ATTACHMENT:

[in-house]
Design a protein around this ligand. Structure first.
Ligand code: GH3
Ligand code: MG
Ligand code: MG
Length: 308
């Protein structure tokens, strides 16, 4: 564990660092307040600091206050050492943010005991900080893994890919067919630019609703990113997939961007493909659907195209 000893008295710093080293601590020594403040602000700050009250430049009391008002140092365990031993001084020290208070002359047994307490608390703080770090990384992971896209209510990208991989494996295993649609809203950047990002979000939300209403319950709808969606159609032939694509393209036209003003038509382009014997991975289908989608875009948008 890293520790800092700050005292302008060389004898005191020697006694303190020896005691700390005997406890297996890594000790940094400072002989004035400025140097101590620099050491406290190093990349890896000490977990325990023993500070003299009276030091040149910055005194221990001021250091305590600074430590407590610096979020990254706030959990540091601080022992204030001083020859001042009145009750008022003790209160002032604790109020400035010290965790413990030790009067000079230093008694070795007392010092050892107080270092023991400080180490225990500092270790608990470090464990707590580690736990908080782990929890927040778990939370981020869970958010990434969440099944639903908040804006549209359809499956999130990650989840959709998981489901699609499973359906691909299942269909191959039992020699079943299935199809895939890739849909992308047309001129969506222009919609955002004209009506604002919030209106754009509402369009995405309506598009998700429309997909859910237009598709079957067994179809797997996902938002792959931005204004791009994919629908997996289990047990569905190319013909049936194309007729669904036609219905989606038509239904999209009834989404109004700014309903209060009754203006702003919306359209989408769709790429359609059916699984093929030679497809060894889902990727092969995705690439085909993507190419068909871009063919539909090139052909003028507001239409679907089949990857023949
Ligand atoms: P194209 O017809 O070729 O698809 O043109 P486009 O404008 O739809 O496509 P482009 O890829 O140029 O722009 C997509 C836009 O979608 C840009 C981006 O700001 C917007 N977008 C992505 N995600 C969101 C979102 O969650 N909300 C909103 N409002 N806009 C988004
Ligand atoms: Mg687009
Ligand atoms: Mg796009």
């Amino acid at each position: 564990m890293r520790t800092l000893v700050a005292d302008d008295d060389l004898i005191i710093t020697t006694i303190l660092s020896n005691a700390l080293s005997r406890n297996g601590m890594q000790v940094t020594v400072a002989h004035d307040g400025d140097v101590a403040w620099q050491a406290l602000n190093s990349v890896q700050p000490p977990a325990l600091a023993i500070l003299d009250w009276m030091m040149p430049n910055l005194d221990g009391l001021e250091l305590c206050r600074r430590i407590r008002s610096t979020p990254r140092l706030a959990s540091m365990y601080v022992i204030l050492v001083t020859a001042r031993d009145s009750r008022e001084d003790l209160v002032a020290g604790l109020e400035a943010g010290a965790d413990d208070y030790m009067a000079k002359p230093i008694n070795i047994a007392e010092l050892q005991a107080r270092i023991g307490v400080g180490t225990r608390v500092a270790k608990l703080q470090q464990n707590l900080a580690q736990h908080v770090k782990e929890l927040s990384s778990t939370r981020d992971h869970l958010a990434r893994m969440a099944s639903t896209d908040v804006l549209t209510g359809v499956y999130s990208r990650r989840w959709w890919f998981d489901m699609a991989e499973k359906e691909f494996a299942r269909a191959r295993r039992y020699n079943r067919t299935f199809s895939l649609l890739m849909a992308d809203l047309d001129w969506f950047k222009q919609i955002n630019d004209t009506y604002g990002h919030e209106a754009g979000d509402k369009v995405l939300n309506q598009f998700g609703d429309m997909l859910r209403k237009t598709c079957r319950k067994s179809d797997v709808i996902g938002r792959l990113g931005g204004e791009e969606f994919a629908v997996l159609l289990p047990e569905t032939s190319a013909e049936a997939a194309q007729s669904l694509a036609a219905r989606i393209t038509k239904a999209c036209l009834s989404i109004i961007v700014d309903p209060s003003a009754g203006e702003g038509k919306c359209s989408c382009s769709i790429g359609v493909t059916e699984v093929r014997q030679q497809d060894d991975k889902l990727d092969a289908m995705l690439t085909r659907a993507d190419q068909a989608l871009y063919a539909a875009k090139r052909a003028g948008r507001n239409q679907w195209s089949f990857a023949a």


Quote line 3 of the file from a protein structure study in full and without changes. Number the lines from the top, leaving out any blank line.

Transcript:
Ligand code: GH3